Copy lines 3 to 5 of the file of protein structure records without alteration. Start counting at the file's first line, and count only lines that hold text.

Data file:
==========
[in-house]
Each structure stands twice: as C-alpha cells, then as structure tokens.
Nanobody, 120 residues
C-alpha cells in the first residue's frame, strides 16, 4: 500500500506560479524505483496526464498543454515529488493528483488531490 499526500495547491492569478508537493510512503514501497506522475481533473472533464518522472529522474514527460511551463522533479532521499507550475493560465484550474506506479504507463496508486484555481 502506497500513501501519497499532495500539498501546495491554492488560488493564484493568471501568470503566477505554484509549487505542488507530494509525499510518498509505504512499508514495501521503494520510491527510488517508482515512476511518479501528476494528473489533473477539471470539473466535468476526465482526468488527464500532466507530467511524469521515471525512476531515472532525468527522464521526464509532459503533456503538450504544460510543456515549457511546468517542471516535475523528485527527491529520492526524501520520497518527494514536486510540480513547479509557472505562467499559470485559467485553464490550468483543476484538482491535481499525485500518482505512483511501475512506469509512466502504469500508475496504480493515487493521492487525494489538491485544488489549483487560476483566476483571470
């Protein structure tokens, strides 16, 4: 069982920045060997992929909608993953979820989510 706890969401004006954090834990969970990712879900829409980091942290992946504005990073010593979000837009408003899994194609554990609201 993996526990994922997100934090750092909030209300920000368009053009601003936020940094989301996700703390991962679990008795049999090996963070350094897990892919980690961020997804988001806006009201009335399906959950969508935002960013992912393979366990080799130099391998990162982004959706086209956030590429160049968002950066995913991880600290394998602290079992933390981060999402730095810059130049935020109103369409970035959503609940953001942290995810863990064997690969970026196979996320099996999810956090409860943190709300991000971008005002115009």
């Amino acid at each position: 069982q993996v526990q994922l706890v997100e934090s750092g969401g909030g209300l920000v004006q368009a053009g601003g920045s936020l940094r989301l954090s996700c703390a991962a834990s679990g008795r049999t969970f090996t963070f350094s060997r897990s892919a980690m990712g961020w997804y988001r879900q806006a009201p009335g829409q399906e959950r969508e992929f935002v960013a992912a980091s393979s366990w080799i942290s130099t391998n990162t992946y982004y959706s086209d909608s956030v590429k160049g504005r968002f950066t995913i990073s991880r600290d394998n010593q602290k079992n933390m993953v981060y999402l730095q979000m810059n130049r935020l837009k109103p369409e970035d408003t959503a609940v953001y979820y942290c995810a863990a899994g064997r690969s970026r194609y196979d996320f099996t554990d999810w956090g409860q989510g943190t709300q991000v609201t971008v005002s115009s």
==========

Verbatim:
Nanobody, 120 residues
C-alpha cells in the first residue's frame, strides 16, 4: 500500500506560479524505483496526464498543454515529488493528483488531490 499526500495547491492569478508537493510512503514501497506522475481533473472533464518522472529522474514527460511551463522533479532521499507550475493560465484550474506506479504507463496508486484555481 502506497500513501501519497499532495500539498501546495491554492488560488493564484493568471501568470503566477505554484509549487505542488507530494509525499510518498509505504512499508514495501521503494520510491527510488517508482515512476511518479501528476494528473489533473477539471470539473466535468476526465482526468488527464500532466507530467511524469521515471525512476531515472532525468527522464521526464509532459503533456503538450504544460510543456515549457511546468517542471516535475523528485527527491529520492526524501520520497518527494514536486510540480513547479509557472505562467499559470485559467485553464490550468483543476484538482491535481499525485500518482505512483511501475512506469509512466502504469500508475496504480493515487493521492487525494489538491485544488489549483487560476483566476483571470
């Protein structure tokens, strides 16, 4: 069982920045060997992929909608993953979820989510 706890969401004006954090834990969970990712879900829409980091942290992946504005990073010593979000837009408003899994194609554990609201 993996526990994922997100934090750092909030209300920000368009053009601003936020940094989301996700703390991962679990008795049999090996963070350094897990892919980690961020997804988001806006009201009335399906959950969508935002960013992912393979366990080799130099391998990162982004959706086209956030590429160049968002950066995913991880600290394998602290079992933390981060999402730095810059130049935020109103369409970035959503609940953001942290995810863990064997690969970026196979996320099996999810956090409860943190709300991000971008005002115009």